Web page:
One word sums up Miri Matteson (Daisy Haggard): optimistic. She’s the kind of person who always looks on the bright side of things, full of hope that life is on an upward swing. Which for her it is, even when she’s getting faeces in the mail, seeing abusive graffiti scrawled on her parents’ front wall, and being hung in effigy in the front garden. Whatever life – or her neighbours – can throw at her, it’s still a big step up from the last eighteen years… which she spent in jail after being convicted of the murder of a teenage friend.
It’s possibly not the most obvious set-up for a comedy, but Haggard (who co-created the series with Laura Solon) makes it one of the most charming, touching dramedies out of the UK in years. Despite her past, Miri’s not bitter and she’s not broken: across the first series and now with the second, she isn’t just someone we want to see succeed in rebuilding her life, she’s someone who deserves to.
Miri is soft-spoken, thoughtful, a little awkward and totally endearing; not exactly the popular image of a brutal killer. It’s no spoiler to say that across much of the first season the question of whether she really did commit that awful crime loomed large. But she wasn’t protesting her innocence, and the anger and bitterness of those around her wasn’t shrugged off or diminished. She accepted it as her due and kept moving forward to rebuild her life.
The odds have definitely been against her. Moving back in with her parents Caroline (Geraldine James) and Oscar (Richard Durden) hasn’t been easy; their relationship has slowly crumbled while she’s been gone, leaving behind two wounded people who can’t reach out to one another. Season 1 saw her mother have an affair with possibly the worst possible person, and that’s not something anyone is going to forget in a hurry.
Her parole officer Janice (Jo Martin) isn’t exactly a tower of support either. Always ready with a reminder that things are often exactly as bad as they seem, her laid-back approach to almost everything (except biscuits) makes her a comedy highlight in a series where just about everyone can get big laughs with a wry line.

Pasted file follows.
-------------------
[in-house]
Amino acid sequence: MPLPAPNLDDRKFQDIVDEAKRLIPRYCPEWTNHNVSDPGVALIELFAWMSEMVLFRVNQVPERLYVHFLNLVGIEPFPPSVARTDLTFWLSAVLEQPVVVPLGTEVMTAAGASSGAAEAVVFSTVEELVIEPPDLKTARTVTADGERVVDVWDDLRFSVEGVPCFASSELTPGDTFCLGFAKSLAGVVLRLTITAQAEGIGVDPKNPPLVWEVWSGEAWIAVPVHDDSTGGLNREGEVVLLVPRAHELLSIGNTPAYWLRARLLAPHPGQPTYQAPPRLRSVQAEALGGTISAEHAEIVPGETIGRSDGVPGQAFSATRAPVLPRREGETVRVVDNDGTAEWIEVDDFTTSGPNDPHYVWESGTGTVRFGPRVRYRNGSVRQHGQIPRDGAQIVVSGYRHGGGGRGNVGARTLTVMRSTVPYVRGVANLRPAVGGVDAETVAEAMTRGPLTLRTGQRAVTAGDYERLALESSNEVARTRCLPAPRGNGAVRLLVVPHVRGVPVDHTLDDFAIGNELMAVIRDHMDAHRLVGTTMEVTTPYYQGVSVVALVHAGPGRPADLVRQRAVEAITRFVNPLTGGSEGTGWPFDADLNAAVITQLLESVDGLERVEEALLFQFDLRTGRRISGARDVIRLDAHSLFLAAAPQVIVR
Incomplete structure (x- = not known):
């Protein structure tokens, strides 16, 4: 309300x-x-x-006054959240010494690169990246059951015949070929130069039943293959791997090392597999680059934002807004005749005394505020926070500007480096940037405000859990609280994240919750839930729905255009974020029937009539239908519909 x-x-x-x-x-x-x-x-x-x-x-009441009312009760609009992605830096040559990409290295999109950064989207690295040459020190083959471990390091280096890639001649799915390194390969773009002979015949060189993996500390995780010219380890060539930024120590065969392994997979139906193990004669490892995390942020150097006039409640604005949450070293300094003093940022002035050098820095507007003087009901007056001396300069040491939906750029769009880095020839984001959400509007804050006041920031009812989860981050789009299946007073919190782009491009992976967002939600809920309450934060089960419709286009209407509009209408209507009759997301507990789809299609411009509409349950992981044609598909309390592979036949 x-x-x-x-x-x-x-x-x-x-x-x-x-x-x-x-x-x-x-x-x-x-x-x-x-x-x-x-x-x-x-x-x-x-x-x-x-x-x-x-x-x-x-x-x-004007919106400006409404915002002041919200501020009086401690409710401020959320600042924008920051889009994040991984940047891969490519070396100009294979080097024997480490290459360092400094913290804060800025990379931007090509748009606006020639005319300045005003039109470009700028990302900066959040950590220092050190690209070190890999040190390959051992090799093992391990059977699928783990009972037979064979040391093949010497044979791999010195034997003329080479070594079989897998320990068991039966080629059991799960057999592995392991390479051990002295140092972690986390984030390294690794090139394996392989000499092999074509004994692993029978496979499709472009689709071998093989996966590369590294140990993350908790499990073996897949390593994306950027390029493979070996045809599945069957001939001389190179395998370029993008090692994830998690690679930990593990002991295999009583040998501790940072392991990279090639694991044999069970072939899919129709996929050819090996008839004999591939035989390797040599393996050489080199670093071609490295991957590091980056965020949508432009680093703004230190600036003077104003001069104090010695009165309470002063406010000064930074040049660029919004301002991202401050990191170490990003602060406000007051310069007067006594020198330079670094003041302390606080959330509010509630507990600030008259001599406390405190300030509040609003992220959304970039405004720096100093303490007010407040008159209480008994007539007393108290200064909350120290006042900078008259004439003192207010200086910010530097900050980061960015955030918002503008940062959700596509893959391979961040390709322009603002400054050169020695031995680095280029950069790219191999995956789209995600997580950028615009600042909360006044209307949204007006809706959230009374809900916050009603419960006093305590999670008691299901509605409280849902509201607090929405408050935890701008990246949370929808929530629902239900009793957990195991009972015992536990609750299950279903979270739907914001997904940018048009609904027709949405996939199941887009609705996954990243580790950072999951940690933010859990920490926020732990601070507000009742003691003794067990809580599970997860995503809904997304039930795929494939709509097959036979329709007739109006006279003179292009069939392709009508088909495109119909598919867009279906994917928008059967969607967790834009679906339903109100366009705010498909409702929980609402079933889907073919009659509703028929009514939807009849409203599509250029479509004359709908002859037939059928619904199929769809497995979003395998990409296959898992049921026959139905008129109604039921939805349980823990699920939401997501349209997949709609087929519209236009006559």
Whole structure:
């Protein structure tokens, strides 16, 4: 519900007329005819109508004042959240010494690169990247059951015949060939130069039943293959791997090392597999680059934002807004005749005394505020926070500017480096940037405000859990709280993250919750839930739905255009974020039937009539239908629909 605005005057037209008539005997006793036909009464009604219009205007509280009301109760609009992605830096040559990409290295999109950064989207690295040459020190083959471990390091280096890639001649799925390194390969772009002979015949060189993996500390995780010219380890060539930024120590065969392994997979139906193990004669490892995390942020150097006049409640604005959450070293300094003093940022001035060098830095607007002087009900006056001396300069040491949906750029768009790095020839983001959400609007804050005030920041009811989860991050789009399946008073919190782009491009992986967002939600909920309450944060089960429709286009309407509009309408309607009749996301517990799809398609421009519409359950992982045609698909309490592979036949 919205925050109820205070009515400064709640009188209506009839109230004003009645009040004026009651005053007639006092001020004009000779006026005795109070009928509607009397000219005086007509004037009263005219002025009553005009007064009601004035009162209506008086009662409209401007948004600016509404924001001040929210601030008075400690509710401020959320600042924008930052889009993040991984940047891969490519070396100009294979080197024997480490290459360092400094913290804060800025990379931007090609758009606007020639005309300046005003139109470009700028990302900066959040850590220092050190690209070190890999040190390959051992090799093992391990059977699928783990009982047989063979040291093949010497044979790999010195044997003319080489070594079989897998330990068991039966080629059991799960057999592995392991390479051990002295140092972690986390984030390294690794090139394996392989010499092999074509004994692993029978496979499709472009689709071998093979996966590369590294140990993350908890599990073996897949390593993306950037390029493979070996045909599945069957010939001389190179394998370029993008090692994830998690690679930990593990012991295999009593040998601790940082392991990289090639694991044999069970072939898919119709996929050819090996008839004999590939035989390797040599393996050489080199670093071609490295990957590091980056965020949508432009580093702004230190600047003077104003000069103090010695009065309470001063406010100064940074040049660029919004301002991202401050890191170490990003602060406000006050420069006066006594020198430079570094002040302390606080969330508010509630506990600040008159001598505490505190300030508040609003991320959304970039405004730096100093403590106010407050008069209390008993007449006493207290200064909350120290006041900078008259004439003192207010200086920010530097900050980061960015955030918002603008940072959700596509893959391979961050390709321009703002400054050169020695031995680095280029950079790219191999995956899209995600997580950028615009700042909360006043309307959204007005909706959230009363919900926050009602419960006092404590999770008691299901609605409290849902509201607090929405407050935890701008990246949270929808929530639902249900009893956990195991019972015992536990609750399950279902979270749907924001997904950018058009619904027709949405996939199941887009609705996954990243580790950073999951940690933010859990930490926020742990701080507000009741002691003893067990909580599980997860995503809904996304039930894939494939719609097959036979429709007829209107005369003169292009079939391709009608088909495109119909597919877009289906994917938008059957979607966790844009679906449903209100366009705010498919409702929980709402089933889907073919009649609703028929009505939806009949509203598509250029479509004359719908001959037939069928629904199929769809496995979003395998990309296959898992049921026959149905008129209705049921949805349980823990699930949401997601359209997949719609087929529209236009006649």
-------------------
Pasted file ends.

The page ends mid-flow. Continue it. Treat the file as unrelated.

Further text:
Miri’s optimism has been hard-won. The past is gone; at least she has a future to shape and make her own. But even with her positive outlook, and some dubious assistance from her high school bestie Mandy (Christine Bottomley), it hasn’t been easy. Trying to find a job with her reputation was a big ask. Trying to find a hairstyle was a bigger one. This season she gets out the crimping iron; it’s definitely a look.
On one level Back to Life is a coming-of-age story, only with a lead finding herself in her mid-thirties and taking big steps twenty years later than she’d planned. The way she’s forced to ride a teenager’s bike to get around – she went to prison before she could get her driver’s licence – is just one reminder that in many ways she’s been frozen in time (using a giant Nokia mobile phone is another).
Now in the second season, she’s found just that little bit more room to move. She’s starting a supermarket job, and she’s taking driving lessons too. She’s also made the first tentative steps towards her first adult relationship with her equally awkward next door neighbour Billy (Adeel Akhtar). It’s still little more than eating together; they’ve progressed from ice cream cones last season to sandwiches on the beach at the start of this one. But with the burdens they’re carrying – he’s a widower who’s been looking after his mentally ill aunt – even small steps can feel like giant ones.
Things are still definitely on rocky ground. Her family is broken, possibly beyond repair. Her friendship with Mandy is haunted by the past. Haggard and Solon’s writing has a sharp eye for the traps of small-town life where everyone knows just a little more about each other than they might like. It’s a place where conversations can just as easily end in punchlines as they can in delicate insights into the dark side of life, where everyone is carrying their own burdens and sometimes it’s only joking about them that can make them bearable.
Then the parents of the girl Miri went to prison over arrive back in town. Back to Life isn’t a series with easy answers. Sometimes life hands you a burden that all the optimism in the world can’t carry. Yet Miri carries on, one step at a time.
Back to Life seasons 1 and 2 are now streaming at SBS On Demand (but don’t delay – season 1 is only available until 31 October). Start at season 1:
Jump to season 2:
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